Before Covid-19, the biggest issue with the Toronto real estate market was that supply couldn’t meet demand. Is that still the case?
Right into early March, we saw sales growth overtake listing growth, which meant conditions were getting tighter and prices were accelerating. In the second half of the month, we saw a dip in both sales and new listings. When you look at it on a year-over-year basis, both were down by a similar amount. That means the relationship between buyers and sellers has remained consistent—there’s still a similar number of people interested in each individual listing. If that continues, prices might remain relatively stable.
And if it doesn’t, is there a possible silver lining for buyers looking to break into the previously impenetrable Toronto market?
If listings increase and sales flatten or go down, buyers are going to have more negotiating power, but right now it doesn’t make a lot of sense to be out there buying. I think we’re still going to see people taking a wait-and-see approach. The case may be that people want to take advantage of the change in market conditions, but it’s hard to do that when people are being asked to stay at home.
And yet your latest report shows 3,300 sales happened after Ontarians were asked to isolate at home. What does that mean?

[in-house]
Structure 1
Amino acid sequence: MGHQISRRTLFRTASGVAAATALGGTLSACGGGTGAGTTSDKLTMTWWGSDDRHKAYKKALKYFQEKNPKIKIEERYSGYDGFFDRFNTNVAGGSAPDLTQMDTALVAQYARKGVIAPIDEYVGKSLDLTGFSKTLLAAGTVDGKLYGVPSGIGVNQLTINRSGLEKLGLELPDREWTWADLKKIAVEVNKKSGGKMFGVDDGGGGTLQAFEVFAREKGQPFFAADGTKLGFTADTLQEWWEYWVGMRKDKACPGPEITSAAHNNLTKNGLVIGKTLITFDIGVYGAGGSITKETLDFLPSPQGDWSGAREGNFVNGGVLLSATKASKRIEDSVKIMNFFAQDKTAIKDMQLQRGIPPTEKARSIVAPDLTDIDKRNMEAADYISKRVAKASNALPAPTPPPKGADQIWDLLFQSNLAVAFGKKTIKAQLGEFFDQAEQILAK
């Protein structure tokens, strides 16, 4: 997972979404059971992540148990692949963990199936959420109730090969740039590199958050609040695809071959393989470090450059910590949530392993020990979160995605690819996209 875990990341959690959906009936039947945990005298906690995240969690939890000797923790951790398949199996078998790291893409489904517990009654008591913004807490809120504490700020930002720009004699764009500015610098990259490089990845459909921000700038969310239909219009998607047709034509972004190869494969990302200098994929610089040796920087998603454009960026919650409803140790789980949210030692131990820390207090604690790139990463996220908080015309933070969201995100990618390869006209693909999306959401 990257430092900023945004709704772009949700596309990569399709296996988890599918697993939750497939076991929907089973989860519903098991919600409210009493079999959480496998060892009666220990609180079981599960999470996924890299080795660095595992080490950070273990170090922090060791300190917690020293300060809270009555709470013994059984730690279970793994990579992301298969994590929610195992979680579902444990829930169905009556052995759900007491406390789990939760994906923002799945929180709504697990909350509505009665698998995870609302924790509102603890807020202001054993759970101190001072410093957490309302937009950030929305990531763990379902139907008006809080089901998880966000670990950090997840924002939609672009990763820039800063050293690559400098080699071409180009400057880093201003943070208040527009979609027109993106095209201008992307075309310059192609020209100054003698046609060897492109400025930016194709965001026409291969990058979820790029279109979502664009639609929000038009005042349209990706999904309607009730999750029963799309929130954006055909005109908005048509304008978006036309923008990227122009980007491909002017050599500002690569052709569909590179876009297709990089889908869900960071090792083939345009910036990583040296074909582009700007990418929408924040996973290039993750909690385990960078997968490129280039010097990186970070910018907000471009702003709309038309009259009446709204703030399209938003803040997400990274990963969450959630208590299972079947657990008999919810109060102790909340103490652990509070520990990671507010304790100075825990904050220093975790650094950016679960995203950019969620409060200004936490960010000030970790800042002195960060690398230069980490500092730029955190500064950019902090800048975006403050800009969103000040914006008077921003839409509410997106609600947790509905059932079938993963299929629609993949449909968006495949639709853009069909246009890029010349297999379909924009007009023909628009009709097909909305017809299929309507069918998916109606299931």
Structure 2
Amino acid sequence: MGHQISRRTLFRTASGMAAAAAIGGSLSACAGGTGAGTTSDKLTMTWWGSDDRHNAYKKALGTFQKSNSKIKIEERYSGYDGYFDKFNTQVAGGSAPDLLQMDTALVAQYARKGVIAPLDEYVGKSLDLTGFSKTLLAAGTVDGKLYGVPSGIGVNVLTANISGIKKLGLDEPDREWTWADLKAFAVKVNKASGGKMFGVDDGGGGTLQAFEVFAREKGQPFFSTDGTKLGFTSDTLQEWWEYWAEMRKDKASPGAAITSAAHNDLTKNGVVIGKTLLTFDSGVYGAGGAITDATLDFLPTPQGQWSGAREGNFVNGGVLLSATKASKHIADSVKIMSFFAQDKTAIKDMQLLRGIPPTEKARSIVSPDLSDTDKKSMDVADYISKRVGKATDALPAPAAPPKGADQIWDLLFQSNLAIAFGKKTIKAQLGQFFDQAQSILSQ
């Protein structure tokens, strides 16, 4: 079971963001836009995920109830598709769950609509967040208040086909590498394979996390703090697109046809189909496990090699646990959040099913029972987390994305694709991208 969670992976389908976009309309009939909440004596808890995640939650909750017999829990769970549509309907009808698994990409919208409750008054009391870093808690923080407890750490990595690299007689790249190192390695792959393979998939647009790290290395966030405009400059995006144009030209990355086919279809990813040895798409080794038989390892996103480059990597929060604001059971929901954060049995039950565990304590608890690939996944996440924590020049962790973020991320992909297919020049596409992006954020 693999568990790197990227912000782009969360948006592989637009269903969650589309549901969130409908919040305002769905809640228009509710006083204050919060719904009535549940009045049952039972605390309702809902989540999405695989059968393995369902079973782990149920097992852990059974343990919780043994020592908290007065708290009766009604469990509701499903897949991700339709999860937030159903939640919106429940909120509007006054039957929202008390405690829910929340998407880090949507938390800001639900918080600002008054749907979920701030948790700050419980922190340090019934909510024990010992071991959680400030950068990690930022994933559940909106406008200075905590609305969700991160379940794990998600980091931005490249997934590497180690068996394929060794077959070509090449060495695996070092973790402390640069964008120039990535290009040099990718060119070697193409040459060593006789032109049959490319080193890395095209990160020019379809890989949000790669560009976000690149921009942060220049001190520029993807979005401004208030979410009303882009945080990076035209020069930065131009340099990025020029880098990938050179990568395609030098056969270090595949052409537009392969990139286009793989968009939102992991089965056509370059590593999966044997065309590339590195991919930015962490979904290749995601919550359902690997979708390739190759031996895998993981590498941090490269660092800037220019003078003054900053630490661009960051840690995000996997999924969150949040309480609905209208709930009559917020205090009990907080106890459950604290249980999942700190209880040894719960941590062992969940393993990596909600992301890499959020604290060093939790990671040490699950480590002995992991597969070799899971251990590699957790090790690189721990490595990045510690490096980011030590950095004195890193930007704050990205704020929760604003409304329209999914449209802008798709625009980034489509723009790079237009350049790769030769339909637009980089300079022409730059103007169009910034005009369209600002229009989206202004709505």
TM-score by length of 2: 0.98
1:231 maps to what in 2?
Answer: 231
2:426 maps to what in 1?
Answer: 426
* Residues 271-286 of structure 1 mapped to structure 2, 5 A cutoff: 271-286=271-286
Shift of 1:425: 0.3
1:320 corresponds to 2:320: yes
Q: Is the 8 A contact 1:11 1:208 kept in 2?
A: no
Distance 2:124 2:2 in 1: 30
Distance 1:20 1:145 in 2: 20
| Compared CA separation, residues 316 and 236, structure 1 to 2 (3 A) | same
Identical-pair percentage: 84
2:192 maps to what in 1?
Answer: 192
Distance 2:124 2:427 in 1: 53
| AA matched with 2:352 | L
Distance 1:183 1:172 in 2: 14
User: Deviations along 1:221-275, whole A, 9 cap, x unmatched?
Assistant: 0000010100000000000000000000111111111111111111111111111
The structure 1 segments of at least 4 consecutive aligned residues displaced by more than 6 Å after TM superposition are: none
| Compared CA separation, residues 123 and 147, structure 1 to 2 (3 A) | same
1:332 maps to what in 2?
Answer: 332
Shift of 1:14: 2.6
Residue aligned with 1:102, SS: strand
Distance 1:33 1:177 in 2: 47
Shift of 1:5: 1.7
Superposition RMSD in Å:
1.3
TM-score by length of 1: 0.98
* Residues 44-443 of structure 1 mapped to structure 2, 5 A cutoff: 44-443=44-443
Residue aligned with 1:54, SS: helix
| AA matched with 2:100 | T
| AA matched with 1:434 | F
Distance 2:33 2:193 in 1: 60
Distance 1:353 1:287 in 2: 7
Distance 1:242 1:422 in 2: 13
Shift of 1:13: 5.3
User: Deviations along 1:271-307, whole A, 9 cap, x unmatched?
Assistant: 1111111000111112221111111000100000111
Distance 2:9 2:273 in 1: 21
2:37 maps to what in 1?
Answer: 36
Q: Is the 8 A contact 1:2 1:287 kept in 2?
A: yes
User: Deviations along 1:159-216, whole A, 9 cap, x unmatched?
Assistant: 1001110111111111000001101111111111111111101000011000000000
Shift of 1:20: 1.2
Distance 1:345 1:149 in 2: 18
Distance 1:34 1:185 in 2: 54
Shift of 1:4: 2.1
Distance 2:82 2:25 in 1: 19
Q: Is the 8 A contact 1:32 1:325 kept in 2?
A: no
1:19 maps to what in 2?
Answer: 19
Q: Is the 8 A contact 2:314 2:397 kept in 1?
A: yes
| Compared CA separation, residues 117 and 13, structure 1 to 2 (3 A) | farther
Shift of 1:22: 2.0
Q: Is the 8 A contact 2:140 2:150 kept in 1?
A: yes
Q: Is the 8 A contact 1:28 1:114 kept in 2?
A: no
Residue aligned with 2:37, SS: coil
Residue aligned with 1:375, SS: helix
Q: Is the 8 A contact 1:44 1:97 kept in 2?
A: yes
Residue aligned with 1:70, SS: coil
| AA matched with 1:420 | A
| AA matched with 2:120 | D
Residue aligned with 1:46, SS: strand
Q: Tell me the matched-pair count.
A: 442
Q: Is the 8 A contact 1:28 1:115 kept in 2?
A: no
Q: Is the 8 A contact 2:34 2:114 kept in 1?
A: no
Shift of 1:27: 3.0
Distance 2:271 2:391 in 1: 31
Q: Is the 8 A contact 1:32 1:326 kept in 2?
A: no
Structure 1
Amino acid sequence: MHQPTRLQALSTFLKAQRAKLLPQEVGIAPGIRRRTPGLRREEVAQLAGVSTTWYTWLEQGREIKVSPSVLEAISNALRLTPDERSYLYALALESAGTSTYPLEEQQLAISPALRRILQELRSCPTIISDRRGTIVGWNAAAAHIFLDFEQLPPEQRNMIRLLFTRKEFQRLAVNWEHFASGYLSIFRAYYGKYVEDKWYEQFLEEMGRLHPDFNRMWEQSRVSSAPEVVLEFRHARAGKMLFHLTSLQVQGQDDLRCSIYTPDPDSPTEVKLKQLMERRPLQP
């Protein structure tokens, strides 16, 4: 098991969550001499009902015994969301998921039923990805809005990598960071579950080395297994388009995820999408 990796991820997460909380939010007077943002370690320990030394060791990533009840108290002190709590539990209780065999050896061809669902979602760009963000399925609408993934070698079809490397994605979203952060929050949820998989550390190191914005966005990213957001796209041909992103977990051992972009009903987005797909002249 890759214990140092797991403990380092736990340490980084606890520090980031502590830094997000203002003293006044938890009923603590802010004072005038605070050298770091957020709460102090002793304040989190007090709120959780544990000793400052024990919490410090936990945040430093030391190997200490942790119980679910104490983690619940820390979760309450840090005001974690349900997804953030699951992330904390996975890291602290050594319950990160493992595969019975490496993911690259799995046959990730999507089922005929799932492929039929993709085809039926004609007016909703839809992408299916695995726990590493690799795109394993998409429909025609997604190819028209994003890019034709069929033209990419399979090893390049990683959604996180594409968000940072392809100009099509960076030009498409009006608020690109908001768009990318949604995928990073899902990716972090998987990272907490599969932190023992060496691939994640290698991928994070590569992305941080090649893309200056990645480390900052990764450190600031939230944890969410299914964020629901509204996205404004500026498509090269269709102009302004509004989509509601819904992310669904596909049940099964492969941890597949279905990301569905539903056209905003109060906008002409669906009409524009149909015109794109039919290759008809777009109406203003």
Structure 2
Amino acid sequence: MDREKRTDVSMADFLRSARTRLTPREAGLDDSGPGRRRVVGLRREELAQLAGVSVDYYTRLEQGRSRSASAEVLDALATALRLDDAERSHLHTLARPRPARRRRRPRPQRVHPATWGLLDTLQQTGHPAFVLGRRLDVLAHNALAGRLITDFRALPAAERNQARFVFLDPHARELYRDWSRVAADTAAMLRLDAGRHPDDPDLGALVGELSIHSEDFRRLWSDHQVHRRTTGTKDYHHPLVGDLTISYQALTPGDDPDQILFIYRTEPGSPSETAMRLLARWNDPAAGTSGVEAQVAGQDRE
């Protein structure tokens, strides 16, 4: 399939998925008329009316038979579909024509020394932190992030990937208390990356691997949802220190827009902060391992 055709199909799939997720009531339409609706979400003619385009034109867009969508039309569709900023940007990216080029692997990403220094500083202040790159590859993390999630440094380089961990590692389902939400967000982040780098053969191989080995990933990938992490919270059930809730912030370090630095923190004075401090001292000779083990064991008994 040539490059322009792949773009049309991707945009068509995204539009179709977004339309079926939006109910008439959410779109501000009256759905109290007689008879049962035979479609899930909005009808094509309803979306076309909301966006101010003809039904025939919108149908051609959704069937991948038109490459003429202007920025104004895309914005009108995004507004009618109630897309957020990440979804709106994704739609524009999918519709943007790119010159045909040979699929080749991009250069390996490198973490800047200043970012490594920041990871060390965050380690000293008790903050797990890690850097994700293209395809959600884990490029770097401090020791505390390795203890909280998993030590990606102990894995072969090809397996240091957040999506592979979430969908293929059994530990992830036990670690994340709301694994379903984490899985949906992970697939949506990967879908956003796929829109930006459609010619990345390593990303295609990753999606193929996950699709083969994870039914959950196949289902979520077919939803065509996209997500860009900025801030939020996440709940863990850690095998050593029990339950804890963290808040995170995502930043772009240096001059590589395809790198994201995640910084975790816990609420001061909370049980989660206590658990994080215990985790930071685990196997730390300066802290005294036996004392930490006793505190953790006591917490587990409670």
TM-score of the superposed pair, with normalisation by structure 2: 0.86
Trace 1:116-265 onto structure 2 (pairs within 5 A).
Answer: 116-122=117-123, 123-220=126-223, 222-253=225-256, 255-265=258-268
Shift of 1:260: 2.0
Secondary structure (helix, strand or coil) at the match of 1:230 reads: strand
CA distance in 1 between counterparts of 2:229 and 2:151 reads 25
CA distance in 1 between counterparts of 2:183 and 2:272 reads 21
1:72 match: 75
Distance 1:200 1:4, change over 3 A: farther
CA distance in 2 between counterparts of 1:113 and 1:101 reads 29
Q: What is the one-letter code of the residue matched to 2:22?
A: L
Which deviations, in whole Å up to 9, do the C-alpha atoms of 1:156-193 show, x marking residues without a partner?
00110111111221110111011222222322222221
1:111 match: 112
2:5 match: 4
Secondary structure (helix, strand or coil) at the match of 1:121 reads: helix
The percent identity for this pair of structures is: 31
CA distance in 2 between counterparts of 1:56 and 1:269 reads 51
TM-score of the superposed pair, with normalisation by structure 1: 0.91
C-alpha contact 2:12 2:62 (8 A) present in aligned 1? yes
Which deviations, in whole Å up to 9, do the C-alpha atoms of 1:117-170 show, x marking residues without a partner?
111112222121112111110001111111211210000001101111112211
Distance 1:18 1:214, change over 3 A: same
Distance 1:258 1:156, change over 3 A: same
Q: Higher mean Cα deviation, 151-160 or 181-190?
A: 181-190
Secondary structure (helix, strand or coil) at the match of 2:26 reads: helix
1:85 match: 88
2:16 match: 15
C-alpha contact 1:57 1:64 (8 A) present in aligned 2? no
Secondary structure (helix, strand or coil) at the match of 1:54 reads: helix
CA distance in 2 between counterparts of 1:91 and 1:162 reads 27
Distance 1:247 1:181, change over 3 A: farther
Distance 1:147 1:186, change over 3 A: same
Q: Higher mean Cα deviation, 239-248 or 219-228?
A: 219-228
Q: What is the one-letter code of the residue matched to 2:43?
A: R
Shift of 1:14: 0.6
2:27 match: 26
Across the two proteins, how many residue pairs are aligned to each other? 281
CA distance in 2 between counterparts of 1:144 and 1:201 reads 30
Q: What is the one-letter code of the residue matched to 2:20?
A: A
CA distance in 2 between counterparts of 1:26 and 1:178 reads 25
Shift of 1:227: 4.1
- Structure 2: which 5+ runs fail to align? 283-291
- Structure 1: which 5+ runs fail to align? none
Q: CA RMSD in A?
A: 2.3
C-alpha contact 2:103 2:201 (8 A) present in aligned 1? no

I think it’s likely that a lot of those deals were already in progress before self-isolation measures were implemented. We’re going to have to wait until April to really get a sense of the market under strong social-distancing orders.
When the market does come back, is there any type of buyer who may be particularly well-positioned?
I would say first-time buyers may have a possible advantage, in that they won’t have to worry about selling, so they’ll have greater flexibility and could potentially move in right away.
Any predictions on what’s going to happen with mortgage rates in the next six months? The next year?
In the short term, I’d imagine the Bank of Canada will be holding firm until recovery is well under way. The impact on variable rates is likely that they’ll remain somewhat flat, at very low levels. Fixed-term rates are more based on yields in the bond market. From a short-term perspective, right now, rates are low. Considering it’s a tough time in the economy, expect to see rates remain low as we move into 2021.